|ARM Technical Support Knowledge Articles|
During the C library initialisation,
_fp_init() is called to initialise the floating-point status register before performing any floating-point operations. This is performed for both software floating-point and hardware VFP. When using hardware VFP, a VFP coprocessor instruction is used to initialise the floating-point status register. If you build your code for hardware VFP but the VFP coprocessor has not been enabled or is not present, the coprocessor instruction will cause an undefined instruction exception at run-time.
If your target contains a VFP coprocessor you will need ensure that it has been correctly enabled before attempting to initialise the C library. This should normally be done by assembler code in your reset handler before branching to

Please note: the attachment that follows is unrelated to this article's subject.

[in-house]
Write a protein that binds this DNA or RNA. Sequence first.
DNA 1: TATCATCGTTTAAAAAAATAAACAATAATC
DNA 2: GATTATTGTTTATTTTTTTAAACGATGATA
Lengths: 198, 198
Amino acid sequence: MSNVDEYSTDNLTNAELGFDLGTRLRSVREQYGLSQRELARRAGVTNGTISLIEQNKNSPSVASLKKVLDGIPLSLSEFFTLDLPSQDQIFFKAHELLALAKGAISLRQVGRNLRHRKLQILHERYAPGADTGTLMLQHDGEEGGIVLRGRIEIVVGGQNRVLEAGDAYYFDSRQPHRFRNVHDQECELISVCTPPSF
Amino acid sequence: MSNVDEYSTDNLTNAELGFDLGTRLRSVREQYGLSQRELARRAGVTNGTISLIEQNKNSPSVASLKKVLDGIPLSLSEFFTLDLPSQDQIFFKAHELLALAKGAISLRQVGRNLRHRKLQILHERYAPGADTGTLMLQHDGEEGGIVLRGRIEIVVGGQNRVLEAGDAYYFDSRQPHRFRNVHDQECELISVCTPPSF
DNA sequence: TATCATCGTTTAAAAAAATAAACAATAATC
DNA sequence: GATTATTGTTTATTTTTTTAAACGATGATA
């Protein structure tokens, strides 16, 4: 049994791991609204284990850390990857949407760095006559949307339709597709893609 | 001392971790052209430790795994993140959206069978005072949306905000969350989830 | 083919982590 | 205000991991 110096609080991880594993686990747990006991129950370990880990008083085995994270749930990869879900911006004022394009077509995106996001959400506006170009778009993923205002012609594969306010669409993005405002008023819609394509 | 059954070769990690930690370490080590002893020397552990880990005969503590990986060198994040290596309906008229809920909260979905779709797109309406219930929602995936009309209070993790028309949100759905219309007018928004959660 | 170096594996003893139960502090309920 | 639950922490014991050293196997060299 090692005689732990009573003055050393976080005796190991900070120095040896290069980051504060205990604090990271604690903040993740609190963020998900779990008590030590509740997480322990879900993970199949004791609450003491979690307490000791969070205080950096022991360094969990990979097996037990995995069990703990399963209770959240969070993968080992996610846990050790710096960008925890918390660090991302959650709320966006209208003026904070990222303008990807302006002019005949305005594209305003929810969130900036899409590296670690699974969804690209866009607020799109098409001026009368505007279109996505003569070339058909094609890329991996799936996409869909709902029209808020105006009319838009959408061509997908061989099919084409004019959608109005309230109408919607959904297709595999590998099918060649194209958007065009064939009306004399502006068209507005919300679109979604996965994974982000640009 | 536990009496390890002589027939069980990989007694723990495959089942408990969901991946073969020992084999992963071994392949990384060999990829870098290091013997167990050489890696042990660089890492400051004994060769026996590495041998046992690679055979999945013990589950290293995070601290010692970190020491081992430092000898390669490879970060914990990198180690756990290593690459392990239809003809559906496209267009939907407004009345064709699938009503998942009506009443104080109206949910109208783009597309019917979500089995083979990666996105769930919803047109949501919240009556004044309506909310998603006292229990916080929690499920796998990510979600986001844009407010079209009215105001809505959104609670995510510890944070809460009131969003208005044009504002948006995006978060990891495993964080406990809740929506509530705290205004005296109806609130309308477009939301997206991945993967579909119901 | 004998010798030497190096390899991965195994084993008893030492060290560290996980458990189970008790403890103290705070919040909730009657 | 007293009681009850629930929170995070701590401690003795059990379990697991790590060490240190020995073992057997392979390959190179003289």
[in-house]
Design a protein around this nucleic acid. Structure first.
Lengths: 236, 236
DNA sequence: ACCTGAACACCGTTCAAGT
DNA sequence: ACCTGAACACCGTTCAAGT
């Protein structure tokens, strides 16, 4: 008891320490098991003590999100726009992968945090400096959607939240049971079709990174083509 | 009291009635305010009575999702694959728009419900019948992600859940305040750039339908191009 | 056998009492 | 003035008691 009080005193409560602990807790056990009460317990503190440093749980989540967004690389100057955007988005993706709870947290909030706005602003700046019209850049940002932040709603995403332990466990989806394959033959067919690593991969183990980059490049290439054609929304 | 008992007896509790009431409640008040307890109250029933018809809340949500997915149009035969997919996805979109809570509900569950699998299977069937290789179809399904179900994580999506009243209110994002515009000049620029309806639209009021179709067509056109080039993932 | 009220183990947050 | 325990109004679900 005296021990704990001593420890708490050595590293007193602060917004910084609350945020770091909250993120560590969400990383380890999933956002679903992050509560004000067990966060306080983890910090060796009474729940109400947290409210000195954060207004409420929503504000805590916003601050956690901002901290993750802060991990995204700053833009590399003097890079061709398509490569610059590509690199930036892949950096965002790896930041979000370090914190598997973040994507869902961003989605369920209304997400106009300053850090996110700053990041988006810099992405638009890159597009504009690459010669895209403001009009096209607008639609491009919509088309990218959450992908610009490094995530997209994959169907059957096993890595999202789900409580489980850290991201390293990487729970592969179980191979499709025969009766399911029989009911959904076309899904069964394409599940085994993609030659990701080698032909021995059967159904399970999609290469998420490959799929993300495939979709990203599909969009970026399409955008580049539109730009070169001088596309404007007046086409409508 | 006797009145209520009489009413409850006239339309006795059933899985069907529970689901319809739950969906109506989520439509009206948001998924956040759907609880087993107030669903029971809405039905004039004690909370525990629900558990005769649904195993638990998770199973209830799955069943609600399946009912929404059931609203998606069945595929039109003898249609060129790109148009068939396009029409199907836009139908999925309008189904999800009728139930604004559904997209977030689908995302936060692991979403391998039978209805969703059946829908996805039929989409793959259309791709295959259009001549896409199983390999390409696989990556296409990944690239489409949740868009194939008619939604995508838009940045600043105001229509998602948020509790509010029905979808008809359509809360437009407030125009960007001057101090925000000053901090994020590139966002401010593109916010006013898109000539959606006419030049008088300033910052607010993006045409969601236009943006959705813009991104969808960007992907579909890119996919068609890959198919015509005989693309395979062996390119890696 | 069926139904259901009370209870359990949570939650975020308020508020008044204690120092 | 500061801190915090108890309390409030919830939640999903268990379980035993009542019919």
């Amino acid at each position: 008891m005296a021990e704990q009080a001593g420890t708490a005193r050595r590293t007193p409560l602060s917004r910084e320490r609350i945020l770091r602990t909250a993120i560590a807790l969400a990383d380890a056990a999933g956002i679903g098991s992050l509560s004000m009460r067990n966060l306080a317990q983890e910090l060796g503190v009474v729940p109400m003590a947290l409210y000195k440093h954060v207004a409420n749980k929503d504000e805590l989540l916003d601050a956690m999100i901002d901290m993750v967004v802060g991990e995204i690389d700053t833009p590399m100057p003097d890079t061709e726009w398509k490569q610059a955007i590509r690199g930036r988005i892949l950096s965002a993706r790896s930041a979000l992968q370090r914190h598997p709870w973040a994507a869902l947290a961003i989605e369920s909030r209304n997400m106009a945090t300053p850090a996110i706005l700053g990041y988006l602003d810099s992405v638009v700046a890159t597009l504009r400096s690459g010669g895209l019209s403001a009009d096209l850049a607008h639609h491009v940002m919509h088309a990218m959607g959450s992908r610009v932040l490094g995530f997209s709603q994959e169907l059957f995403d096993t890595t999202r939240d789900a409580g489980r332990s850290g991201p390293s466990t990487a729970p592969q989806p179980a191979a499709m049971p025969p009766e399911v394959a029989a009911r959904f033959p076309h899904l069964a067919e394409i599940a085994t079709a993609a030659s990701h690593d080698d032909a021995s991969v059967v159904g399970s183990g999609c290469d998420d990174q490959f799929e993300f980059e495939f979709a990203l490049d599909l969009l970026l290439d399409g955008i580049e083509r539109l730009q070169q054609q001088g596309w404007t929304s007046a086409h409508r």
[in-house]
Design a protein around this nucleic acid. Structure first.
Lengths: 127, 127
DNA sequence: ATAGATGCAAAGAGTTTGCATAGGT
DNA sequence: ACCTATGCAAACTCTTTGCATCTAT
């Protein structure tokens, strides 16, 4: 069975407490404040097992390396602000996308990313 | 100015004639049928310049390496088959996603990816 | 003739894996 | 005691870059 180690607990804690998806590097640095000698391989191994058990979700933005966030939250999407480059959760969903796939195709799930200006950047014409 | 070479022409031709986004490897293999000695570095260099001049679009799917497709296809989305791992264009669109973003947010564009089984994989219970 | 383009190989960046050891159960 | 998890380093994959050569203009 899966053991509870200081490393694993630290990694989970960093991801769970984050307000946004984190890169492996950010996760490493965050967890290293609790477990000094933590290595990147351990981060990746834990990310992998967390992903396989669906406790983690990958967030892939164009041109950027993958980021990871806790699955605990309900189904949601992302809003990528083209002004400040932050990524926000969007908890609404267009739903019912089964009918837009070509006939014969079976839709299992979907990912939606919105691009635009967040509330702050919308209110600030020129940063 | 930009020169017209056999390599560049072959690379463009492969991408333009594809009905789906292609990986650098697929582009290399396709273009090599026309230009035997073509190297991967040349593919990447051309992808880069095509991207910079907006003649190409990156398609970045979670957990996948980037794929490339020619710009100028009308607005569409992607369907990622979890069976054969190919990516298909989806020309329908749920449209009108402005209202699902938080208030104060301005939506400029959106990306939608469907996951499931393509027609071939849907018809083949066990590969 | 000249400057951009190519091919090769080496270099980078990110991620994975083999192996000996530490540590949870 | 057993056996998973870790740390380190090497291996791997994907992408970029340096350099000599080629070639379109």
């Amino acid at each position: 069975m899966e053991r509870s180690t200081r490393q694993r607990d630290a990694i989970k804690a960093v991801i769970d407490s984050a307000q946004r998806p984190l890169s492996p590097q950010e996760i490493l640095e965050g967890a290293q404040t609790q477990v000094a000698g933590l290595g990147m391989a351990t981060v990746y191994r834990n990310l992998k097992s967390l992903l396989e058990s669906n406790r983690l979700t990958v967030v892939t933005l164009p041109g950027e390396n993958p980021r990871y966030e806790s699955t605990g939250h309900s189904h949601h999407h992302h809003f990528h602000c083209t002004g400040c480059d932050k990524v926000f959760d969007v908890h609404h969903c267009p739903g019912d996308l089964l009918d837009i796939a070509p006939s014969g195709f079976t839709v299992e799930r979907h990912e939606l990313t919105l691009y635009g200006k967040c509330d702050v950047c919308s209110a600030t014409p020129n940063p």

However if your target does not contain a VFP coprocessor you will need to ensure that all the objects you are linking are built for software floating-point and not for hardware VFP. If any objects are linked in that are built for hardware VFP the linker will upgrade the entire image to hardware VFP. The linker will then include a version of
_fp_init() that uses a coprocessor instruction.
To avoid this you need to be careful when specifying the CPU you are building for, for example
--cpu ARM1136JF-S implies hardware VFP whereas
--cpu ARM1136J-S implies software VFP. Also specifying a specific VFP type using
--fpu will override the type specified by the CPU, for example
--cpu ARM1136JF-S --fpu softvfp will build code for software VFP, however
--cpu ARM1136J-S --fpu vfpv2 will build code for hardware VFP.
For more information on VFP please refer to Application Note 133 - 'Using VFP with RVDS'.
Article last edited on: 2011-09-27 20:11:12
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